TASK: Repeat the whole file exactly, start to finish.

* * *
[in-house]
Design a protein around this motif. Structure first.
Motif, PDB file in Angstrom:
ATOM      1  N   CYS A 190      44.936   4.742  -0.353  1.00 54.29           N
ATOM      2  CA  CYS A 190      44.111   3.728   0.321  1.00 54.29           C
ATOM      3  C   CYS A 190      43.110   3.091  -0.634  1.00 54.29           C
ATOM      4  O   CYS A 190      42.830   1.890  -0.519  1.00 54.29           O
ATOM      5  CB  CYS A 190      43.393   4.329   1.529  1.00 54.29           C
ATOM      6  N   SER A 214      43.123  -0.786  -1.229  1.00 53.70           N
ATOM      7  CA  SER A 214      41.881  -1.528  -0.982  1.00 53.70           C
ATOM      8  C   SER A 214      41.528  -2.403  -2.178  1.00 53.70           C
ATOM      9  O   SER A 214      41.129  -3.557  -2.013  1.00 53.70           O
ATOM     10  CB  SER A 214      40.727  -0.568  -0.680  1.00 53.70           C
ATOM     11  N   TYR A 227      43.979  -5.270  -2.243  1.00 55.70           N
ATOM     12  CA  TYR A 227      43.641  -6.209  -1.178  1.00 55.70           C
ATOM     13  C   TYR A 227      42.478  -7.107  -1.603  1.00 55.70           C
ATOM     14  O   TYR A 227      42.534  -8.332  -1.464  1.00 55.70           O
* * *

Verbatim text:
[in-house]
Design a protein around this motif. Structure first.
Motif, PDB file in Angstrom:
ATOM      1  N   CYS A 190      44.936   4.742  -0.353  1.00 54.29           N
ATOM      2  CA  CYS A 190      44.111   3.728   0.321  1.00 54.29           C
ATOM      3  C   CYS A 190      43.110   3.091  -0.634  1.00 54.29           C
ATOM      4  O   CYS A 190      42.830   1.890  -0.519  1.00 54.29           O
ATOM      5  CB  CYS A 190      43.393   4.329   1.529  1.00 54.29           C
ATOM      6  N   SER A 214      43.123  -0.786  -1.229  1.00 53.70           N
ATOM      7  CA  SER A 214      41.881  -1.528  -0.982  1.00 53.70           C
ATOM      8  C   SER A 214      41.528  -2.403  -2.178  1.00 53.70           C
ATOM      9  O   SER A 214      41.129  -3.557  -2.013  1.00 53.70           O
ATOM     10  CB  SER A 214      40.727  -0.568  -0.680  1.00 53.70           C
ATOM     11  N   TYR A 227      43.979  -5.270  -2.243  1.00 55.70           N
ATOM     12  CA  TYR A 227      43.641  -6.209  -1.178  1.00 55.70           C
ATOM     13  C   TYR A 227      42.478  -7.107  -1.603  1.00 55.70           C
ATOM     14  O   TYR A 227      42.534  -8.332  -1.464  1.00 55.70           O